Hello, I am Jerry Smit with the BBC News. A tense standoff is continuing at a cafe in an affluent suburb of Bangladeshi capital Dhaka, where gunmen are holding about 20 hostages. First reports say several of them are Italian. At least two police officers have been killed and thirty others have been injured. The Islamic State group has claimed responsibility. The cafe was attacked in the evening by about eight young men who exploded bombs and opened fire on diners. Rashila Rahim lives next to the building. I heard police shouting with a loudspeaker, asking them to come out. Maybe they were talking to the militants. After that we heard lots of sound from the police operation. When I tried to leave, my driver said 'Don't go out. They are shooting. Stay inside'. Next I heard a loud noise in my living room, and the glass of my living room shattered. My daughter and myself started crying. It was terrifying. We've just been hearing continuous gunshots, continuous gunshots. It's too much.
The BBC's Akbar Hussain is near the restaurant in Dhaka.Police they are now trying to negotiate with the attackers because they think this is the best way to deal with the situation. Senior police officials, they are now saying if they go for all-out operation against the Islamic militants, this will aggravate the situation farther because this will not bring any positive result there because the attackers from inside, they are sending messages with them: If anyone tries to cross the border line then they will kill all of the people who are being hostages inside.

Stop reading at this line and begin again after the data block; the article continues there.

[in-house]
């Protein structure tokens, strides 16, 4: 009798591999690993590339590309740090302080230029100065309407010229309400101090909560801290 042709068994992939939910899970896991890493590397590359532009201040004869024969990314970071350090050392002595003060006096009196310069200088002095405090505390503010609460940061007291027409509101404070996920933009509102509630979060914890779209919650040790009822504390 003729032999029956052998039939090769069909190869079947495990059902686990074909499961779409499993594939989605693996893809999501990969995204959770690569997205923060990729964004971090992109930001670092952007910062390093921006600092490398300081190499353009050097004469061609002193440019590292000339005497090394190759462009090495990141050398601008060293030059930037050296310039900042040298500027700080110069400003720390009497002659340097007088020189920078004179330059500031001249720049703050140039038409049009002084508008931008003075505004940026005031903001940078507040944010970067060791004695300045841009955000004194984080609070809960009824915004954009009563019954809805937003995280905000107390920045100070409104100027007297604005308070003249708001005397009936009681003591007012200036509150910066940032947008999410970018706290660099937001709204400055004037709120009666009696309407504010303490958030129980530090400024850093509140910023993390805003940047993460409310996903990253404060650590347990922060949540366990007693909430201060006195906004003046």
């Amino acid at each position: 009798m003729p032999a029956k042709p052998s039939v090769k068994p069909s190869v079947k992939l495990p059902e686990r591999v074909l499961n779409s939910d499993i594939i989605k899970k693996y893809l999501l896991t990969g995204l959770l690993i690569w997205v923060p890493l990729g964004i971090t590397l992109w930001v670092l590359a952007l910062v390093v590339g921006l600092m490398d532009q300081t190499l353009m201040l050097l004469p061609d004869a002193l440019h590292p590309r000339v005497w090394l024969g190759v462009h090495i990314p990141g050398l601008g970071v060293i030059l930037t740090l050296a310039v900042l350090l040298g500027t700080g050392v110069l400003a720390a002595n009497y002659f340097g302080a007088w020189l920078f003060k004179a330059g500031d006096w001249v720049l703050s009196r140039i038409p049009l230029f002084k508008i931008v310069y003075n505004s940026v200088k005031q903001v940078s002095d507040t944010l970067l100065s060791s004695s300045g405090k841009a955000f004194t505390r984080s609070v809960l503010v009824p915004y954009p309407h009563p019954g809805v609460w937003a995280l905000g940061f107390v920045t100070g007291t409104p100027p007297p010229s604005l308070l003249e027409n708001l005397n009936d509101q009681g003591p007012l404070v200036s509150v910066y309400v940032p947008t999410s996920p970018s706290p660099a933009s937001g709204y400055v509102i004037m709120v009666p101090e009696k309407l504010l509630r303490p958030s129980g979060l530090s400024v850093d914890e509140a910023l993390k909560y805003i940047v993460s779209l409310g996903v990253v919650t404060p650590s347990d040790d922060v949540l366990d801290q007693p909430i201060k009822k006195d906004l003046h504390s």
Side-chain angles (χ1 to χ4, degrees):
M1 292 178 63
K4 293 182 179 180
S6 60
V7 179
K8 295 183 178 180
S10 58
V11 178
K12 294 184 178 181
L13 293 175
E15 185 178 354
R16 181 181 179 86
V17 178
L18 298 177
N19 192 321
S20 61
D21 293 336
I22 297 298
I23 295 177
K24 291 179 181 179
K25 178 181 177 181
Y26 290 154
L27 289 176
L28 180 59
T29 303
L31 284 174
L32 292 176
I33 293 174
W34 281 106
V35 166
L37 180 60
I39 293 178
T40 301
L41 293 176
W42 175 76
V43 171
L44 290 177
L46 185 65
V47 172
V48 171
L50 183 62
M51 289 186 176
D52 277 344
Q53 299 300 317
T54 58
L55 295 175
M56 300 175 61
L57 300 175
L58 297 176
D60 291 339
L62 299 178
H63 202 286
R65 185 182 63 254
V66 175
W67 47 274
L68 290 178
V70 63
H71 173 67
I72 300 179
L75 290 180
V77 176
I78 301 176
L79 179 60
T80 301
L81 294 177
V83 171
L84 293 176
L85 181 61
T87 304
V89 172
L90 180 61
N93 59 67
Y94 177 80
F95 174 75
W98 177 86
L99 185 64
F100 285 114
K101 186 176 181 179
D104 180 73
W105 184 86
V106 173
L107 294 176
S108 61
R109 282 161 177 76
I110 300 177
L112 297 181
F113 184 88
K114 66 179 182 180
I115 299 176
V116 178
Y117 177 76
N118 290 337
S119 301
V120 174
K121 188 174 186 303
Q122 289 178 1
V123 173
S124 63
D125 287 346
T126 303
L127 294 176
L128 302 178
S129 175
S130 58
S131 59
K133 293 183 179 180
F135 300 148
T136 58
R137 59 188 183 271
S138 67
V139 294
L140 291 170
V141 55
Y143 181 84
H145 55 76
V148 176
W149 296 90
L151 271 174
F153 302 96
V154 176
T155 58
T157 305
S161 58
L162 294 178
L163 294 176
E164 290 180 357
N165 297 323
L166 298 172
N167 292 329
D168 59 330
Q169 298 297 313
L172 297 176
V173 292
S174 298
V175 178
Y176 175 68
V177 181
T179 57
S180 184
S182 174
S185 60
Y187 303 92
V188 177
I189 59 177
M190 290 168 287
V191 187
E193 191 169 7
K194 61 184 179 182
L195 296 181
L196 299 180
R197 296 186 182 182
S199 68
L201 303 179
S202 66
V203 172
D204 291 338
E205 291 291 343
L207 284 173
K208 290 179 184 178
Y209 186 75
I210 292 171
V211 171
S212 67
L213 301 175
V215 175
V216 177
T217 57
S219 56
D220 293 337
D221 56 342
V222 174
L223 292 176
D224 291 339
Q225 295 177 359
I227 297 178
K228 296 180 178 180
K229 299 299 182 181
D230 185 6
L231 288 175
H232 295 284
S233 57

The US government has given an official estimate to the number of civilians killed by American drone strikes since President Obama came to power. It puts the figure at between 64 and 116. Gary O'Donoghue reports. These figures do not include countries such as Iraq, Syria and Afghanistan. They focus on places such as the tribal areas in Pakistan, Yemen and Somalia, where the US has targeted terrorist groups and individuals. Officials say that almost 500 strikes took place in these areas between 2009 and the end of 2015, killing around 2,500 combatants. At the same time the figures were released, the White House said the president had signed an executive order requiring the numbers to be published each year, something that could be reversed by a future administration.
The Australian mining giant BHP Billiton says it will fight a decision by the Brazilian Supreme Court to suspend a settlement for damages imposed after a dam burst at an iron ore mine. Prosecutors say the settlement is too lenient. The chemical-laden waste water flooded the Doce river valley in November last year, flattening two towns; 19 people were killed. BHP and the Brazilian company Vale agreed to pay around $2billion in March to clean up about 600kms of river. But prosecutors say the real cost will be three times as much. BBC News.
The polls have opened in Australia's federal election. The current Conservative Prime Minster Malcolm Turnbull has promised tax cuts for big business to improve job prospects. The opposition Labor Party leader Bill Shorten wants to raise business taxes to fund more schools and hospitals. Phil Mercer reports. Politics in Australia is a volatile business. There have been four prime ministers in the past 3.5 years. Voters simply want stability at a time when a long mining boom continues to fade and because of the global uncertainty caused by Britain's decision to leave the European Union. Both the center-right Prime Minster Malcolm Turnbull and the Labor Party opposition leader Bill Shorten insist they have the safe hands Australia needs. It is though expected that record numbers of voters will support minor parties or independent candidates.
The authorities in the West African state of Guinea-Bissau have confirmed they've identified the first three cases of Zika virus. An emergency committee has been set up to deal with the situation. Zika is currently spreading through the Caribbean and South America.